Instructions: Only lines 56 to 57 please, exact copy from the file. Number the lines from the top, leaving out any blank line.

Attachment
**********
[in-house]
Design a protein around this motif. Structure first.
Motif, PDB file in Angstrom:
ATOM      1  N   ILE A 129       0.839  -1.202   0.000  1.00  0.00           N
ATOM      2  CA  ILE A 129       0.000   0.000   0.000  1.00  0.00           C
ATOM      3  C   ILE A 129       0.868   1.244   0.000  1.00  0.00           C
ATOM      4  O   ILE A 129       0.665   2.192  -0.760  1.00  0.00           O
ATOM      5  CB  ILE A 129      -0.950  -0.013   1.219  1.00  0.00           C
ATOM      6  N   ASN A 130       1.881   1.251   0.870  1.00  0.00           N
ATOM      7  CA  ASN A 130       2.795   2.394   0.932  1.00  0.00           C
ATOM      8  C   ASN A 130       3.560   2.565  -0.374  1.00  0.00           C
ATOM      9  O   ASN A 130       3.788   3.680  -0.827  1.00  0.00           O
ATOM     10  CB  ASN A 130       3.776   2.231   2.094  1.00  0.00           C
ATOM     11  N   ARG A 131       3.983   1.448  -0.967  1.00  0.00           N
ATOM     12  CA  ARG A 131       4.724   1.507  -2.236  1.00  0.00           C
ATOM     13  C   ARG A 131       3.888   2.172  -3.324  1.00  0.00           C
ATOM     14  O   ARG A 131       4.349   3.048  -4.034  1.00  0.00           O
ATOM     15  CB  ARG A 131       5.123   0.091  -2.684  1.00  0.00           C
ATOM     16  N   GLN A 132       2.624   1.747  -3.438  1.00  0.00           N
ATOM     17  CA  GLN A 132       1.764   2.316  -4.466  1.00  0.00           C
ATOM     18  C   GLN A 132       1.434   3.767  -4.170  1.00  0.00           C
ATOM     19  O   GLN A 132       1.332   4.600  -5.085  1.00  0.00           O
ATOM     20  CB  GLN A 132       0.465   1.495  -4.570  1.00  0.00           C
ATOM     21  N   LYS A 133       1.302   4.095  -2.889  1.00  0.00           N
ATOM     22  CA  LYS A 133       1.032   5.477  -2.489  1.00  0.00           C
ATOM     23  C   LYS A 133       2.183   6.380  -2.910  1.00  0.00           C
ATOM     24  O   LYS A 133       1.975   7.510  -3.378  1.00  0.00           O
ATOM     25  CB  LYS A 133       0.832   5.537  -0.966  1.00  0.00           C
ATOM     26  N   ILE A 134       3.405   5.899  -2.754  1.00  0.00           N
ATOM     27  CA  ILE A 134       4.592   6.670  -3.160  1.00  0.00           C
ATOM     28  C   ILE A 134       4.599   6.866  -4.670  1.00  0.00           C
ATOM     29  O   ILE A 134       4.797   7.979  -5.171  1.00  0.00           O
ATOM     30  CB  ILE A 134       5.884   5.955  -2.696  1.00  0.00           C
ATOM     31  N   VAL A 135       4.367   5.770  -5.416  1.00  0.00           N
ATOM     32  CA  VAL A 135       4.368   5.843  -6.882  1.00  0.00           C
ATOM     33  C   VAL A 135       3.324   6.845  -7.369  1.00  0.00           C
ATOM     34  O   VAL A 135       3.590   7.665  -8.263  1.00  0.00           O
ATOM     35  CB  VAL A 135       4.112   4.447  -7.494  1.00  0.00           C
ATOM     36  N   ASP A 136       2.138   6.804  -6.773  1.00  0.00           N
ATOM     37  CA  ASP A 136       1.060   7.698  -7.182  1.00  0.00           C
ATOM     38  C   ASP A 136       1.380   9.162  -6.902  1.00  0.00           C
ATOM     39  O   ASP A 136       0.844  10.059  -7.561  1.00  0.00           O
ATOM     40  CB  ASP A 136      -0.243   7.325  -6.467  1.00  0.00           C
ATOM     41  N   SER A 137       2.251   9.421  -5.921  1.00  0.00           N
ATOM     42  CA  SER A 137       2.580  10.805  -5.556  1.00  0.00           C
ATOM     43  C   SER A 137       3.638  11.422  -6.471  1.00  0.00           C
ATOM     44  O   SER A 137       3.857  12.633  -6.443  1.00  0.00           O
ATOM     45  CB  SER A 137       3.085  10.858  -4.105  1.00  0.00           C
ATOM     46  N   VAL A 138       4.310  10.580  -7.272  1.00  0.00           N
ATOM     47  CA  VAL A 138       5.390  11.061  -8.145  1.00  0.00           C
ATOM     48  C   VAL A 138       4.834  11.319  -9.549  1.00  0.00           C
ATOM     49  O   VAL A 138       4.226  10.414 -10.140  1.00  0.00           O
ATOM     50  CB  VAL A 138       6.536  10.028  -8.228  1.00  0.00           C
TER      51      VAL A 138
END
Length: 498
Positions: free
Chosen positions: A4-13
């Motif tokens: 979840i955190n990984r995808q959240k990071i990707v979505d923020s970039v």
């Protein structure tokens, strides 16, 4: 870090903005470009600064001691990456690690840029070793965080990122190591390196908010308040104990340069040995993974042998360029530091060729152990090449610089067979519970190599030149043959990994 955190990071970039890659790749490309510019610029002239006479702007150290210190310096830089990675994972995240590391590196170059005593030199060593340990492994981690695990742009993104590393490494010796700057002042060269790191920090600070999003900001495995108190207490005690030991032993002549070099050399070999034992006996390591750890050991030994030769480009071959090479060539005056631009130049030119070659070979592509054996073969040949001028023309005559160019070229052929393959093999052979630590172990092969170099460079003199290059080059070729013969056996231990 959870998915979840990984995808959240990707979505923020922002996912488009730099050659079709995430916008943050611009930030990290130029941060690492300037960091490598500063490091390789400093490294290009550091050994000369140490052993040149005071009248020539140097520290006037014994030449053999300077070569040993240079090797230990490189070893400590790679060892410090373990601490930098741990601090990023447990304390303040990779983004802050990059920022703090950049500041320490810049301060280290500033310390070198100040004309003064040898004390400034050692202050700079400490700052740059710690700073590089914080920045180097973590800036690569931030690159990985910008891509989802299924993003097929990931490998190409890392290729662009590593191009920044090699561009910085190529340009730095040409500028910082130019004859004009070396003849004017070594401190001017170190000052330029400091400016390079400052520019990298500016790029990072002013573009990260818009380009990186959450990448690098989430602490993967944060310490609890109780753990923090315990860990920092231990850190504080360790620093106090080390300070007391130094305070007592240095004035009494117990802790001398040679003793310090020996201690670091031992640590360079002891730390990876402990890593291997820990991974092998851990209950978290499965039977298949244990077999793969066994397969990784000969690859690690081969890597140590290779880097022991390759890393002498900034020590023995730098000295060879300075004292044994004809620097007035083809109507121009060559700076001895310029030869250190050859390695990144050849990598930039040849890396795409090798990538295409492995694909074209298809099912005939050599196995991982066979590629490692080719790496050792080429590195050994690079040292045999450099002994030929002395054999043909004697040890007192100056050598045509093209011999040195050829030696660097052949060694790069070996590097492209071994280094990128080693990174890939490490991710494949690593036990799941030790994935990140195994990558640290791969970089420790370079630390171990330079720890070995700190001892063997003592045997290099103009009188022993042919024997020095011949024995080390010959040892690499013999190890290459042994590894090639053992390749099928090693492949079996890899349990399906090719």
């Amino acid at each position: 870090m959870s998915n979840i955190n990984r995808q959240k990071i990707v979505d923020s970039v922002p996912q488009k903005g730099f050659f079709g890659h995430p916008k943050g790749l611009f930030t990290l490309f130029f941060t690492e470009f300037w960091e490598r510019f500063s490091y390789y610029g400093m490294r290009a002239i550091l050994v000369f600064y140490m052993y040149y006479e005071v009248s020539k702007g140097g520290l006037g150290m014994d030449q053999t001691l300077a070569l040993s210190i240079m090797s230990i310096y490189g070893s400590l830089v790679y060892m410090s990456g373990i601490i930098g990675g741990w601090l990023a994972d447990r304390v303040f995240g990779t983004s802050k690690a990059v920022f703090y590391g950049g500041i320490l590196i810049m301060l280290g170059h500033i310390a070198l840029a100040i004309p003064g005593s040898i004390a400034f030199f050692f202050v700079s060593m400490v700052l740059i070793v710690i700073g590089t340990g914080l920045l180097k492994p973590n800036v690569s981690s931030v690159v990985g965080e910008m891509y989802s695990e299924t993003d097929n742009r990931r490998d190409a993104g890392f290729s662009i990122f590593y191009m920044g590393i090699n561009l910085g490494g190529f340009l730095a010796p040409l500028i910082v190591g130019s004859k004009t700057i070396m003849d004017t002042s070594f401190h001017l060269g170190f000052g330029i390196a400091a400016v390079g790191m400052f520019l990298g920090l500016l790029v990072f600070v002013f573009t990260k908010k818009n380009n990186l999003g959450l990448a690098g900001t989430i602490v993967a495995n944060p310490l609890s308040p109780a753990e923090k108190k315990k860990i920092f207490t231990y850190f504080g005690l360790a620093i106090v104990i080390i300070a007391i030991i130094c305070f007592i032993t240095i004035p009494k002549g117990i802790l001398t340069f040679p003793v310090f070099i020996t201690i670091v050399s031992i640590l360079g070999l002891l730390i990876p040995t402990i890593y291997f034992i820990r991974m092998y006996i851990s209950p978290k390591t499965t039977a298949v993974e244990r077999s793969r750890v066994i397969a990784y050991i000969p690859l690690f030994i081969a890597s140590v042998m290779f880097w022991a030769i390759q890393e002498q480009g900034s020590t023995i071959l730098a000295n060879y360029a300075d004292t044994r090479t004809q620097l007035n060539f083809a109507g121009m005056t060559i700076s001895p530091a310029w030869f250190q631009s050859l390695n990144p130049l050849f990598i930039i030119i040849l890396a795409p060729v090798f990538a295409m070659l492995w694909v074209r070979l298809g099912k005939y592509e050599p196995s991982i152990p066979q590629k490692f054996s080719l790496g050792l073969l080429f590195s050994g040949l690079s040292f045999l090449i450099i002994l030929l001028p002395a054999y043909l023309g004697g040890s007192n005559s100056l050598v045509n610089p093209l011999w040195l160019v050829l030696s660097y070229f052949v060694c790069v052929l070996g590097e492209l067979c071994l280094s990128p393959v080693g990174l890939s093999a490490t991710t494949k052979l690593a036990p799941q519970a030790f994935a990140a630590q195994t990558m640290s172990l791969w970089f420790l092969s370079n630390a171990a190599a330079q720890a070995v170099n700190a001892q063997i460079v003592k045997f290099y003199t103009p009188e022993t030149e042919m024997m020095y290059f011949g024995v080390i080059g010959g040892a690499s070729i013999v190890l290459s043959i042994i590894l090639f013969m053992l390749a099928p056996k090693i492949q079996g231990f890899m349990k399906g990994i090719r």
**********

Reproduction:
Length: 498
Positions: free